PRESS RELEASE: NCUIH Releases Preliminary Report on Impacts of Government Shutdown and Trackers for Regulations and Legislation
FOR IMMEDIATE RELEASE
Contact: Meredith Raimondi
NCUIH Releases Preliminary Report on Impacts of Government Shutdown and Trackers for Regulations and Legislation
During the 2019 Washington Summit, NCUIH provided an update on findings of impacts from the government shutdown and published trackers for regulations and legislation online.
Washington, DC (April 30, 2019) — On April 23 and 24, NCUIH hosted over 120 attendees including representatives from Urban Indian Health Programs (UIHPs) and federal agencies. During the Summit, NCUIH released a preliminary report on the impact on the government shutdown on Urban Indian Health Programs (UIHPs). In addition, the Policy Department released online trackers for regulation and legislation.
- The shutdown report survey brief and key findings can be found here.
- The legislative tracker will be updated on a biweekly basis with new legislation that NCUIH is watching as it relates to Urban Indian Health Program (UIHP) funding and policy. View the legislative tracker here.
- The regulation tracker is a resource for following activities at federal agencies as they relate to the work of UIHPs. View the regulation tracker here.
The conference featured 7 keynote speakers for a total of over 47 speakers who presented on topics including 2020 Census Update, Strategies to Promote Compliance and Achieve Quality in your Healthcare Program, Sovereignty in the Era of Medicaid Work Requirements and ICWA from Gregory Smith and Elliott Milhollin of Hobbs Strauss, and Past, Present, Future: Urban Indian Health Policy. Many of the presentations are available online here.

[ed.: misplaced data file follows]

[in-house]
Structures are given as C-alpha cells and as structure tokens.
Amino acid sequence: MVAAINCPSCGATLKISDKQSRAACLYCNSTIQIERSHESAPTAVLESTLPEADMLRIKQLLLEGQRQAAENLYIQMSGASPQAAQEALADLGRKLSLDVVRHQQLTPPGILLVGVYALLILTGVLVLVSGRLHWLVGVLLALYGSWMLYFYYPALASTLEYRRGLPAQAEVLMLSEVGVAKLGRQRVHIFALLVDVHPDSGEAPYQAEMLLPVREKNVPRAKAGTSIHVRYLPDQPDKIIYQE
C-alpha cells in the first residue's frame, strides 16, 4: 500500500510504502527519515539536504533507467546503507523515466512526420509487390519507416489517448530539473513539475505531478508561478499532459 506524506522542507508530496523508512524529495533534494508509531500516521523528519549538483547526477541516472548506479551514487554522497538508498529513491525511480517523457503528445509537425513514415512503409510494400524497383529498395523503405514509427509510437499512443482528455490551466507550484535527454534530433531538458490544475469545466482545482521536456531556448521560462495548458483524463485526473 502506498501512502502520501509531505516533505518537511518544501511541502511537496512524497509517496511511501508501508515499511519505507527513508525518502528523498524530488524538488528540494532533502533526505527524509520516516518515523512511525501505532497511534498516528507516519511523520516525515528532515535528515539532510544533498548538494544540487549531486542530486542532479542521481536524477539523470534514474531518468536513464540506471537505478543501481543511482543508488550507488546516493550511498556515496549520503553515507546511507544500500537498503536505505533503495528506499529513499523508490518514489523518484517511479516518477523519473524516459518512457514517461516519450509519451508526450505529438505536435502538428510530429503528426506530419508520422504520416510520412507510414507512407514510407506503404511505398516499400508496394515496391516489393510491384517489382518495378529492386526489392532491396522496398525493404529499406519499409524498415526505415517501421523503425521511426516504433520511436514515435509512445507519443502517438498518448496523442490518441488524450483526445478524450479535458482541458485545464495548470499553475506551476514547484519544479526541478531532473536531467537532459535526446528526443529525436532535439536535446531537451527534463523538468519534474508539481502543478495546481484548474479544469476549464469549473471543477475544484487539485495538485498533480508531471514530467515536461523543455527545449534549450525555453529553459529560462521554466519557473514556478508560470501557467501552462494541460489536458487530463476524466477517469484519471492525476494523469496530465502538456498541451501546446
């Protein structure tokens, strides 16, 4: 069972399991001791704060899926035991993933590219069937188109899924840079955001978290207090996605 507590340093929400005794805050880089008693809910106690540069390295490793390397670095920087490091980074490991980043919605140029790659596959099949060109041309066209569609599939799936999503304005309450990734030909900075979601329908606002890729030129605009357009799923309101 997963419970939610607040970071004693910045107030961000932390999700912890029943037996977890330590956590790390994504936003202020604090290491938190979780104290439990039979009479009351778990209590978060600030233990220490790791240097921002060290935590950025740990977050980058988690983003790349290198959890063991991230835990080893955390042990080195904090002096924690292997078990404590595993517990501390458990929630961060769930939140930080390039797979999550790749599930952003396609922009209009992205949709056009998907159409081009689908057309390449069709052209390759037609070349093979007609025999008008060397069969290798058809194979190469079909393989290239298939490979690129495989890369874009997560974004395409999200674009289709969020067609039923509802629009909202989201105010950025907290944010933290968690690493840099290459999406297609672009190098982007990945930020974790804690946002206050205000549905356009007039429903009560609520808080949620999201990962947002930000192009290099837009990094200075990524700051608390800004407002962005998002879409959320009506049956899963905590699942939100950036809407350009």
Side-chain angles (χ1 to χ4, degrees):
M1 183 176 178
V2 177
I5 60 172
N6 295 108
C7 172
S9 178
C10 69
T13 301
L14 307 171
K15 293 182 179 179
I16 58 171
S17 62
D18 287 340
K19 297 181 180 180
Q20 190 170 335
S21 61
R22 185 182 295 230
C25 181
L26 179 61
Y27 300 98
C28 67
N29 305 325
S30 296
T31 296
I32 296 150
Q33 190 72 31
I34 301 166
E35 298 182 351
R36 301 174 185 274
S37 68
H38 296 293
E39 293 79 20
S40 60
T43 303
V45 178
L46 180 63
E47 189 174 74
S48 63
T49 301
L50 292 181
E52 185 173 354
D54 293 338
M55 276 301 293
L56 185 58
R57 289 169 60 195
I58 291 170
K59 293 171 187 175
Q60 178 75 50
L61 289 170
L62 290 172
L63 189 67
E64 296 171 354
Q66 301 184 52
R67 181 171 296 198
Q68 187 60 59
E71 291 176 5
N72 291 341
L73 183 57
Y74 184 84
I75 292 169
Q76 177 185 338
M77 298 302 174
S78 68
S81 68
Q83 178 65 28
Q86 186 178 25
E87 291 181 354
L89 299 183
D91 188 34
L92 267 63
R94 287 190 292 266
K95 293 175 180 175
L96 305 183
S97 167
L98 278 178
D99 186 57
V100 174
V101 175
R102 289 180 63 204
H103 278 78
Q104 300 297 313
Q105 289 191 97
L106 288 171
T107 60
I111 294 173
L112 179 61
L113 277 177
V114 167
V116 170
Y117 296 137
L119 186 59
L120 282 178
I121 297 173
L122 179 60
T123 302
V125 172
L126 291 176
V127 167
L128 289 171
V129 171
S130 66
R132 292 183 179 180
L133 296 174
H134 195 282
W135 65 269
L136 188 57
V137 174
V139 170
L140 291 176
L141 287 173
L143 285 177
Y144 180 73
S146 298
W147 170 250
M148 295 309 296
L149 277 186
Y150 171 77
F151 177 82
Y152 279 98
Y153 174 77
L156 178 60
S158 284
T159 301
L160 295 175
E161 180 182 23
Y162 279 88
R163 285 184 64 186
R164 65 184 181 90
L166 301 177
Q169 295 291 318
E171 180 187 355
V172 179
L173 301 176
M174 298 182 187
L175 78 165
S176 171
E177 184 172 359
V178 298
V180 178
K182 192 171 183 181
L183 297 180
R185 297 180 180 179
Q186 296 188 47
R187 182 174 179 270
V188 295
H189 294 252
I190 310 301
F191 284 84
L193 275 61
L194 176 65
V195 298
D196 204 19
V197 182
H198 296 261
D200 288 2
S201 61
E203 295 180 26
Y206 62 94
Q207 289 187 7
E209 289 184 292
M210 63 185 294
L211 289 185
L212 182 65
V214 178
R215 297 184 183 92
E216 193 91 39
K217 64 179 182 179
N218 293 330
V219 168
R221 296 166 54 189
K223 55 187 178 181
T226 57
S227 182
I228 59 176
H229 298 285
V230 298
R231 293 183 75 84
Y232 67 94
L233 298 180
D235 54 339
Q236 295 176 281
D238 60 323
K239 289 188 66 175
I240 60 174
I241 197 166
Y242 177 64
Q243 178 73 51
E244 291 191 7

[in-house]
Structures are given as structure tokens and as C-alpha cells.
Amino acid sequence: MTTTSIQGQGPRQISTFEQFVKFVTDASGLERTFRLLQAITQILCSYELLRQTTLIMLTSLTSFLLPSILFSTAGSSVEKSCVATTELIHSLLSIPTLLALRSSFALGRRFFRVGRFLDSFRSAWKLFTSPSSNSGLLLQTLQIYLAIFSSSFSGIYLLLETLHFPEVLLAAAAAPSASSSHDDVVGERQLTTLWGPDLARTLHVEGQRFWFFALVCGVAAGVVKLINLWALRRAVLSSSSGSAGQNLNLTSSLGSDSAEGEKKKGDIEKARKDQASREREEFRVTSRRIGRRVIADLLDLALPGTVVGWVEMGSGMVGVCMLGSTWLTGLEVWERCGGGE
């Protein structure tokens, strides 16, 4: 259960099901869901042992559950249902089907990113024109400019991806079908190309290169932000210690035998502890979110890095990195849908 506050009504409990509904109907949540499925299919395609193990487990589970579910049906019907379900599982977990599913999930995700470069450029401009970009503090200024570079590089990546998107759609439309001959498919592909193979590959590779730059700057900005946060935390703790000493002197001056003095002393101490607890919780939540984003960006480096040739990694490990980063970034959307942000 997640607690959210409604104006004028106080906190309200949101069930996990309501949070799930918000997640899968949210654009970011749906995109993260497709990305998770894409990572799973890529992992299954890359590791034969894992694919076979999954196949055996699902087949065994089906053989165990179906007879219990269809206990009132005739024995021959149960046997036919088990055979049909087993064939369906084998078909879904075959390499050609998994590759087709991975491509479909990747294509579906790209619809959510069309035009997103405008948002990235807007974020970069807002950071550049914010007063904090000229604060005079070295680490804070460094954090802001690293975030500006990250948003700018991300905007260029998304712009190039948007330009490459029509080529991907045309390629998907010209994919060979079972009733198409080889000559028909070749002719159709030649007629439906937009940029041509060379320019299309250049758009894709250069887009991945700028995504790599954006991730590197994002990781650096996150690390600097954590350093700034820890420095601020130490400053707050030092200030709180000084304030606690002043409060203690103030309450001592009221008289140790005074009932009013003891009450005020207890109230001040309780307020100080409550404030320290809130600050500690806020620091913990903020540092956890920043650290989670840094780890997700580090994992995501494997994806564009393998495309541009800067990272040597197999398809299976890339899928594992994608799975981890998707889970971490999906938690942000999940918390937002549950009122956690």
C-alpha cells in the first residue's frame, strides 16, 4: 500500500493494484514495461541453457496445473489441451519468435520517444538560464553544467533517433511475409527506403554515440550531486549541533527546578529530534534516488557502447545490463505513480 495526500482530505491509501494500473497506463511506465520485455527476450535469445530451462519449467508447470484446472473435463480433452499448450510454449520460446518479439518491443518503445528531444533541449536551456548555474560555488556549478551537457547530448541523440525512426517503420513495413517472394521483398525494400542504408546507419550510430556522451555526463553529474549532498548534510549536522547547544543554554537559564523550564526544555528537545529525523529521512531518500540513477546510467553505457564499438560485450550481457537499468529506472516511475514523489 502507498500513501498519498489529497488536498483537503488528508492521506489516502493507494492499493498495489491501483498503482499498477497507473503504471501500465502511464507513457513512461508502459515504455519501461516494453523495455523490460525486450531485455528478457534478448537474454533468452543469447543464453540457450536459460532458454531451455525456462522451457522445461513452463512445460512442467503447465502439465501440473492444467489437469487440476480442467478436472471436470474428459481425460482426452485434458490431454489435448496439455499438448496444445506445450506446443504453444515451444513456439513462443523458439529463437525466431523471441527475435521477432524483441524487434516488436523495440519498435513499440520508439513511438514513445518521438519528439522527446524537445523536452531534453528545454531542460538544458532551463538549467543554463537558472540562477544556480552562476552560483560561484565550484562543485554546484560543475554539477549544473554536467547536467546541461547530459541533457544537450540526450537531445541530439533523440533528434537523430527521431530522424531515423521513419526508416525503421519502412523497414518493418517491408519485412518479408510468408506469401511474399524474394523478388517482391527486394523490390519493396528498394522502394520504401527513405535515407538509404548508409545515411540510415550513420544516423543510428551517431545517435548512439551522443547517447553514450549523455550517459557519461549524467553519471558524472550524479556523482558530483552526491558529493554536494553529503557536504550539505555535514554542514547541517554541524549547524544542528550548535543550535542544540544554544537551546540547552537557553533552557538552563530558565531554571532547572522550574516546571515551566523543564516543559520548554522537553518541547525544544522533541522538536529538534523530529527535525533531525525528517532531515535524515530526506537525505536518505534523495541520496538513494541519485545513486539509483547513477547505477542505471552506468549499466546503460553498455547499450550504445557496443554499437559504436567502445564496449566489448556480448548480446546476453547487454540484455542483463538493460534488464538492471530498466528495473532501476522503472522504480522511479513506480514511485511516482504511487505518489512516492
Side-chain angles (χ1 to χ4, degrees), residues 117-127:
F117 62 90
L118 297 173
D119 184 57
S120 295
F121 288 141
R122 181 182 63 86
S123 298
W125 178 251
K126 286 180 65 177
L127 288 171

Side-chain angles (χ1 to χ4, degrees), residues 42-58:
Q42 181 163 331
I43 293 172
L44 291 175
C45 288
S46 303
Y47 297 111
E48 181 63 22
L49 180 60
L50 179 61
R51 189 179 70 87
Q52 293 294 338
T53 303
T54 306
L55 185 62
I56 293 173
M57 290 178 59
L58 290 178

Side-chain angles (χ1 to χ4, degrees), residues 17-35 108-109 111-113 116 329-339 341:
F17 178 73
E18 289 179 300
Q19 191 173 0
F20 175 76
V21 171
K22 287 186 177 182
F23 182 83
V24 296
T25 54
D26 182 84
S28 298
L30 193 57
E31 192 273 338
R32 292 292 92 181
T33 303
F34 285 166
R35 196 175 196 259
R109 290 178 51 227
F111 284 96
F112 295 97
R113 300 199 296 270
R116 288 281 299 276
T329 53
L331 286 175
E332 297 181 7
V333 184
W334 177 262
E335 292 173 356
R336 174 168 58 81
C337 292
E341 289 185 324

“During the shutdown we heard about clinics closing. Indian Country has come together to say we can’t afford another shutdown,” said Jacqueline Pata, Executive Director at the National Council of American Indians (NCAI).
“Indian health is part of a trust obligation that goes back to the earliest treaties of American Indians with the United States Government. There is no argument to justify that urban Indian populations should receive any different level of health care from US Government as part of that trust obligation,” said Professor Matthew Fletcher, Director of the Indigenous Law & Policy Center at the Michigan State University.
Day two of the Summit included a keynote from Dr. Rose Weahkee, Acting Director of Office of Urban Indian Health Programs at the Indian Health Service and a panel of Native American Staffers from Capitol Hill including Naomi Miguel from the House Committee on Natural Resources, Jacqueline Bisille from the Senate Committee on Indian Affairs, and Heidi Todacheene from the Office of Congresswoman Deb Haaland.
About the National Council of Urban Indian Health (https://ncuih.org)
The National Council of Urban Indian Health (NCUIH) is the premier National 501(c)(3) organization devoted to the support and development of quality, accessible, and culturally-competent health services for American Indians and Alaska Natives (AI/ANs) living in urban settings. NCUIH envisions a nation where comprehensive, culturally competent personal and public health services are available and accessible to AI/ANs living in urban communities throughout the United States. NCUIH represents 42 Urban Indian Health Programs (UIHPs) in the United States.